Stratton Student Center, 1963
The hefty concrete Stratton Student Center (Building W20), located across from Eero Saarinen’s Kresge Auditorium (Building W16) and MIT Chapel (Building W15), flanks the western side of Massachusetts Avenue.
It acts as an informal gateway to the residential and recreational facilities dispersed across the northwestern area of campus. Inside, the building features a vertical core of circulation, where a series of split and intersecting staircases allows for openness, visibility, and different paths of movement to accommodate its multipurpose, informal character. Balconies emerge across the second and third levels of the building, and a set of terrace stairs frames the main entrance of the building, creating brief diagonals that break up the horizontality of the facade.
The double-height volume, containing dining and large gathering spaces, is bounded by glass, while the heavier mass above houses administrative offices and smaller, more private rooms. A thinner band of windows wraps around the upper level, and a row of slender rectangular incisions punctuates the surface of the frieze of the roof. Eduardo Catalano’s Hermann Building (Building E53), which contains the Dewey Library, also features a top-heavy construction with recessed windows and similar surface details. The Argentine architect, who, at the time of initiating the project, was not licensed in the United States, obtained the job with the assistance of Pietro Belluschi, with whom he had collaborated on the Juilliard School in New York.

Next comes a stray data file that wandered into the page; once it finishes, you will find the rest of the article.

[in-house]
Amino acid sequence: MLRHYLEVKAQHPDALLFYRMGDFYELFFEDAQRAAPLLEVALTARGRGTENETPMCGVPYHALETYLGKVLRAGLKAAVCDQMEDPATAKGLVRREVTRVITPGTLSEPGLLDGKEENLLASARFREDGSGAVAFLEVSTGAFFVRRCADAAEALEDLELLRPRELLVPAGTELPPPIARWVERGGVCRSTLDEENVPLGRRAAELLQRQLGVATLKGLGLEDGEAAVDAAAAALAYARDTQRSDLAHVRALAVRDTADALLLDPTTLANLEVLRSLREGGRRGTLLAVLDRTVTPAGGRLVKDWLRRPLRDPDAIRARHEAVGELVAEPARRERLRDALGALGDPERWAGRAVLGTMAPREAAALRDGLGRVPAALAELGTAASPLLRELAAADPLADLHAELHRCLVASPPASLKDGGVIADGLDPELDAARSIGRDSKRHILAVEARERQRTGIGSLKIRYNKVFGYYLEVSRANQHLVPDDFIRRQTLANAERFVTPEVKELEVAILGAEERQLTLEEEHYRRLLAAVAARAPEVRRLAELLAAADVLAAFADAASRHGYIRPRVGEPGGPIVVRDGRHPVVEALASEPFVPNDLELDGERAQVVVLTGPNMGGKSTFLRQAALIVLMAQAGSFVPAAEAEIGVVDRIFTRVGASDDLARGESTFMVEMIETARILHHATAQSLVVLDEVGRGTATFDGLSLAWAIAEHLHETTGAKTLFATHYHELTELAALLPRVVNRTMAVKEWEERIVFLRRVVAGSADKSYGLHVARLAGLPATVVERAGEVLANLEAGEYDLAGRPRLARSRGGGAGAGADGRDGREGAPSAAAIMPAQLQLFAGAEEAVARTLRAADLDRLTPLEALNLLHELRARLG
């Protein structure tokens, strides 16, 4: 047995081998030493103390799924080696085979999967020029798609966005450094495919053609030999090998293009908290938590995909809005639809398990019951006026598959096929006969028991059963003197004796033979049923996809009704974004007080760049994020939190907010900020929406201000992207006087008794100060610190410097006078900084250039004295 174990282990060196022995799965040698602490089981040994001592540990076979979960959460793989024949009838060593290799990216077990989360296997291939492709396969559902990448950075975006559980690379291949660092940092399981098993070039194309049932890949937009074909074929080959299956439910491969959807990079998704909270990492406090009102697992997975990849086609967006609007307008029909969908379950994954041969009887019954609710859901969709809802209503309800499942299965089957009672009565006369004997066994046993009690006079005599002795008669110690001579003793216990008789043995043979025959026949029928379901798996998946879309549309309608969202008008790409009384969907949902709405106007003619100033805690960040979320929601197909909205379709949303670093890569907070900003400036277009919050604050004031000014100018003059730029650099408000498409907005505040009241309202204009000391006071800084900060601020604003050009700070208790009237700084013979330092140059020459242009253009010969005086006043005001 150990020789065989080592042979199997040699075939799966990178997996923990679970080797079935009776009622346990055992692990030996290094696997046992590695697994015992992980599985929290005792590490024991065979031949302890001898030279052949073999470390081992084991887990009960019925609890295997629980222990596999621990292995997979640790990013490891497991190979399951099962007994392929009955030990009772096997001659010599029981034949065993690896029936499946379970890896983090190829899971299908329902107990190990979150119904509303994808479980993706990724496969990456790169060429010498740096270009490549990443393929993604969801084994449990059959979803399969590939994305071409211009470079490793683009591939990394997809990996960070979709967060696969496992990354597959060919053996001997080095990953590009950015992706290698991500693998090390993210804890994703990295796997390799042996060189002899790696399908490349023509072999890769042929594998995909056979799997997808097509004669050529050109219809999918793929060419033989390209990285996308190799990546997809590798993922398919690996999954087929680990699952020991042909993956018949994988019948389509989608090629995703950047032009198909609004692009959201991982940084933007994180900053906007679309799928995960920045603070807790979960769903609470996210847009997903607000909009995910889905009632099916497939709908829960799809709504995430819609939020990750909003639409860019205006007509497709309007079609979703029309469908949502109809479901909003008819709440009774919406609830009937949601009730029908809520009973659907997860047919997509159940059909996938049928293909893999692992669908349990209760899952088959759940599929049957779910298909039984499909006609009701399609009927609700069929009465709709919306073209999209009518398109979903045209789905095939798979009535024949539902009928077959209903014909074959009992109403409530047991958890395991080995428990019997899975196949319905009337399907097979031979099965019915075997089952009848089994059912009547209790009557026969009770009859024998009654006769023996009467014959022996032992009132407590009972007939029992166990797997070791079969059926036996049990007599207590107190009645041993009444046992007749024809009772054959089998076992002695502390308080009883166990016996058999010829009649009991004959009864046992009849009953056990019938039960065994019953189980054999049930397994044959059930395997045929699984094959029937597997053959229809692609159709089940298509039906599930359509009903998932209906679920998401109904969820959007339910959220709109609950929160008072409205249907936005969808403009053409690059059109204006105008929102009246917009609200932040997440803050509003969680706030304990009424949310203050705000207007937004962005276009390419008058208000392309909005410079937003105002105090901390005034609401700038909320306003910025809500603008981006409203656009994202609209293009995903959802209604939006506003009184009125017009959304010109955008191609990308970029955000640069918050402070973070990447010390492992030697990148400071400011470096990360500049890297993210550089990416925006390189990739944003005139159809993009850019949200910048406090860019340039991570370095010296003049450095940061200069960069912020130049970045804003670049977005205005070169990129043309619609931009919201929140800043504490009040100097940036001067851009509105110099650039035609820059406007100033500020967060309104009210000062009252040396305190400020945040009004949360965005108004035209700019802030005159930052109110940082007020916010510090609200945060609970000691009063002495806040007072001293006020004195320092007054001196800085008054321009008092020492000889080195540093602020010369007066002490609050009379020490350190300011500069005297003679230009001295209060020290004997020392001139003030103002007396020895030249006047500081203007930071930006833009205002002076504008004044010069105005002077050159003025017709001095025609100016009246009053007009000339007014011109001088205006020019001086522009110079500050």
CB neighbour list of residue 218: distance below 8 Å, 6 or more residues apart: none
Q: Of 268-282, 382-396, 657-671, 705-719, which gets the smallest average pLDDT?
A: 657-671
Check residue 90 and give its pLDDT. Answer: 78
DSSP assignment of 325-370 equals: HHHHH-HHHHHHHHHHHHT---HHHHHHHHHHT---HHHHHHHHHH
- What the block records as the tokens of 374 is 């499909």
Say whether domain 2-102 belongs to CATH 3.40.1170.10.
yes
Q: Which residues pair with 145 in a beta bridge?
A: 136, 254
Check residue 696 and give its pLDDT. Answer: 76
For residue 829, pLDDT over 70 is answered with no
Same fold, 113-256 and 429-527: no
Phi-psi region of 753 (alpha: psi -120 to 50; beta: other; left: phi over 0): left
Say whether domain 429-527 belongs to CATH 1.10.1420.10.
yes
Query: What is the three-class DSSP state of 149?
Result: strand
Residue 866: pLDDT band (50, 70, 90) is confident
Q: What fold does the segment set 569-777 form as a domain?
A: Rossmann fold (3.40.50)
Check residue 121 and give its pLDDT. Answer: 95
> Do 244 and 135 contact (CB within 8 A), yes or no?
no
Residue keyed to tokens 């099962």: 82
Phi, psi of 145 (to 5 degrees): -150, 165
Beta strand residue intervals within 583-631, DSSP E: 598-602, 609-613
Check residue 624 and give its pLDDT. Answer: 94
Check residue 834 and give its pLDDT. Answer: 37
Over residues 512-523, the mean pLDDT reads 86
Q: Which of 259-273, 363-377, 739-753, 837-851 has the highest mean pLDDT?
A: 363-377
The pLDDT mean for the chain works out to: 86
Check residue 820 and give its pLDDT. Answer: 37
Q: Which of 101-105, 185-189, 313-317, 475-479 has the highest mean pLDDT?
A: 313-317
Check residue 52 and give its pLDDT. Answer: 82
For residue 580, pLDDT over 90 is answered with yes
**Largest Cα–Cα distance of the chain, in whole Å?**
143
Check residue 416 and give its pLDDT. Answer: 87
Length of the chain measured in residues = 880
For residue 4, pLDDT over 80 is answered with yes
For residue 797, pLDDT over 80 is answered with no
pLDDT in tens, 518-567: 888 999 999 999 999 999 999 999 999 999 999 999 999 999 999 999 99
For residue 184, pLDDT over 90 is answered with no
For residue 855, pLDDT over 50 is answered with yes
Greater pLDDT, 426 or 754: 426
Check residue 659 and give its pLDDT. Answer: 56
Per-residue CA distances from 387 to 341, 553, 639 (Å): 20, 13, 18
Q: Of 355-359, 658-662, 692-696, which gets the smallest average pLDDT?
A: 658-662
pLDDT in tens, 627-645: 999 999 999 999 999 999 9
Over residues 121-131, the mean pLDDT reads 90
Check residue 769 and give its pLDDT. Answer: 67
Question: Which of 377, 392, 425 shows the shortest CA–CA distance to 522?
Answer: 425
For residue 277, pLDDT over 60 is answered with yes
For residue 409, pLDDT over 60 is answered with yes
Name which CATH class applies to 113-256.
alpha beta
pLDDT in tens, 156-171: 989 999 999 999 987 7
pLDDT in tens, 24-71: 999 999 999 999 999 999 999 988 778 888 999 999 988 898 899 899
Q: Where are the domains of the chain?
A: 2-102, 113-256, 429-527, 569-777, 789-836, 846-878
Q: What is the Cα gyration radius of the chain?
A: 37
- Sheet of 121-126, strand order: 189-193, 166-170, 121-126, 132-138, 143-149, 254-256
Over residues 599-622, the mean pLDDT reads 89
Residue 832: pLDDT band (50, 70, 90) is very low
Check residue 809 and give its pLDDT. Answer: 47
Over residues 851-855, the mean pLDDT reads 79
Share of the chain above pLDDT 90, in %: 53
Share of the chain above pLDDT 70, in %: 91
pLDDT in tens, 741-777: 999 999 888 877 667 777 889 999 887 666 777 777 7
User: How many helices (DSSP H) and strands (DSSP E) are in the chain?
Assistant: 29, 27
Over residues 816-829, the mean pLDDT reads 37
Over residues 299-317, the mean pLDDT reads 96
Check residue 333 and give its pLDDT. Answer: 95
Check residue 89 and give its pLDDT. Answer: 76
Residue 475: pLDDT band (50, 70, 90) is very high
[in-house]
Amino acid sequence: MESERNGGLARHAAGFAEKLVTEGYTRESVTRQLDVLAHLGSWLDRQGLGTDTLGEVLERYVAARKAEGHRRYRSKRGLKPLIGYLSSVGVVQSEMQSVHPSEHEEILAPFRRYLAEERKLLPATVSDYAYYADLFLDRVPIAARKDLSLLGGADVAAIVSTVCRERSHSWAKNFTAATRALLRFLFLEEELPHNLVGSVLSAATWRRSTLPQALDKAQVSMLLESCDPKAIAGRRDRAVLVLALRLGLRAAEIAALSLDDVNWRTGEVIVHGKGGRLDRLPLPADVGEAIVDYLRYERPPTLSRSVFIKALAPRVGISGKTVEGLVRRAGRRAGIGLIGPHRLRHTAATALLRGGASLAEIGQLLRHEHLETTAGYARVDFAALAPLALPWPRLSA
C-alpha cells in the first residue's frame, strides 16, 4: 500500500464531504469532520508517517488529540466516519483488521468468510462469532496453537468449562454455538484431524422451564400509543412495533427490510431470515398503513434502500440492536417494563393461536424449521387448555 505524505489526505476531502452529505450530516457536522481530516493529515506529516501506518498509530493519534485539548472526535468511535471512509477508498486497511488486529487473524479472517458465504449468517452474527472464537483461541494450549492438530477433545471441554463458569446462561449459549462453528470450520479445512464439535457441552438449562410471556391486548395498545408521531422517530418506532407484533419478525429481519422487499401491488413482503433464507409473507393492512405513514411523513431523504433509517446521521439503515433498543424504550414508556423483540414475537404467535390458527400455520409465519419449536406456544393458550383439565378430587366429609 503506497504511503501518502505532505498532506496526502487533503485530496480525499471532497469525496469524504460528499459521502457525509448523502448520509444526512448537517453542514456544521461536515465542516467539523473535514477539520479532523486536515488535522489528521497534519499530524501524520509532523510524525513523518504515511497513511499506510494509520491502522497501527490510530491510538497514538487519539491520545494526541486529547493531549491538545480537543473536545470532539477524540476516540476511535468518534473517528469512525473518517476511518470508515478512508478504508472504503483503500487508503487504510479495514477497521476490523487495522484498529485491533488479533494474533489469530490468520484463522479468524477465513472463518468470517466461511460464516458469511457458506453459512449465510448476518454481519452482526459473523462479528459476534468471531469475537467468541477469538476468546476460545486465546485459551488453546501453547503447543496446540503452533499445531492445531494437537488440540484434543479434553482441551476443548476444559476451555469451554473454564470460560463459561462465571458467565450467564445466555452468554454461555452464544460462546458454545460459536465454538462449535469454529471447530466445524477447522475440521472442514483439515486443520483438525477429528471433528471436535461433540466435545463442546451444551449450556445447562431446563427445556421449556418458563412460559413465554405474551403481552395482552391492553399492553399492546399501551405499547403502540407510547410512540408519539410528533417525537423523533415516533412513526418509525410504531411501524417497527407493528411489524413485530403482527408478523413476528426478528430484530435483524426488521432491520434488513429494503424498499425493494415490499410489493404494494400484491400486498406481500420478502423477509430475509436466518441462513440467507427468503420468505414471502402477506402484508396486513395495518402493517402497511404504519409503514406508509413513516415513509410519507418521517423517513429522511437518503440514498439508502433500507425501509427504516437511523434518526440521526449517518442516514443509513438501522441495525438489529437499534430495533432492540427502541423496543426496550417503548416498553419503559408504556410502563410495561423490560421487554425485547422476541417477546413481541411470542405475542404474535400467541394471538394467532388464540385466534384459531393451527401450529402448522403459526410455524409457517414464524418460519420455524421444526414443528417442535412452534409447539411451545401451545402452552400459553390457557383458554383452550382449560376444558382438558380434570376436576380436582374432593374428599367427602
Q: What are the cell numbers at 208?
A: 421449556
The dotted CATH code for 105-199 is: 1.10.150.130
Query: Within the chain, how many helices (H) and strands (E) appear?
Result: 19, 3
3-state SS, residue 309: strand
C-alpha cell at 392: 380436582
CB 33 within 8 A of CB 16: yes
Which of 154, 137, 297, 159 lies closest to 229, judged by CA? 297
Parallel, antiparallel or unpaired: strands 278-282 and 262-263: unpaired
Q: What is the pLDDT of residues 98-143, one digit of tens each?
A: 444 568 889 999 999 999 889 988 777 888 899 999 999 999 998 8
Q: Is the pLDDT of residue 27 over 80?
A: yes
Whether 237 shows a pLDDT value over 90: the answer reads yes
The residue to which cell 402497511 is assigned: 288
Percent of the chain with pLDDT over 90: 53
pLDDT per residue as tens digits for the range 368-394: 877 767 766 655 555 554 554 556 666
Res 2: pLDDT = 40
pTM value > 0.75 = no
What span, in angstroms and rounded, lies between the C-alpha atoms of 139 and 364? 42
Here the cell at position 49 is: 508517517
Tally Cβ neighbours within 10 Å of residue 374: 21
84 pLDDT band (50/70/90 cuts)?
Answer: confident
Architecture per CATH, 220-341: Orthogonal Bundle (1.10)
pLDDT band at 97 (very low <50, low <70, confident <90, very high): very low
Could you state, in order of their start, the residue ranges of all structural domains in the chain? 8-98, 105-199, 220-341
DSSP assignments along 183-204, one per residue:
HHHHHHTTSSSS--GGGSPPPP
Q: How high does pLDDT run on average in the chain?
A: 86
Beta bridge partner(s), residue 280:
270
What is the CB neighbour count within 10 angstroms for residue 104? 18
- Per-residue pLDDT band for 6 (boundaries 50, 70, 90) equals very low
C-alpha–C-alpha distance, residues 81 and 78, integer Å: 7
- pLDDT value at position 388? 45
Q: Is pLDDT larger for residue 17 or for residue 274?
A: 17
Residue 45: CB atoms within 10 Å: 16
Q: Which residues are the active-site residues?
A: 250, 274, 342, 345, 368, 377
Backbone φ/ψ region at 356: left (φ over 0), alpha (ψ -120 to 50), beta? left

Eduardo Catalano (1917–2010) was born in Buenos Aires, Argentina. After graduating from the University of Buenos Aires, he received his master’s degrees in architecture from the University of Pennsylvania and Harvard Graduate School of Design, where he studied under Walter Gropius and Marcel Breuer. Before coming to MIT, where he taught from 1956 until his retirement in 1977, Catalano taught at North Carolina State University in Raleigh, where he produced one of his most well-known works—his own home, featuring a dynamic hyperbolic paraboloid roof rendered in wood. Alongside the Catalano House (1954), notable projects include an urban proposal for Naples, Italy, the US embassies in Buenos Aires, Argentina, and Pretoria, South Africa, and the Guilford County Greensboro Government Center in North Carolina.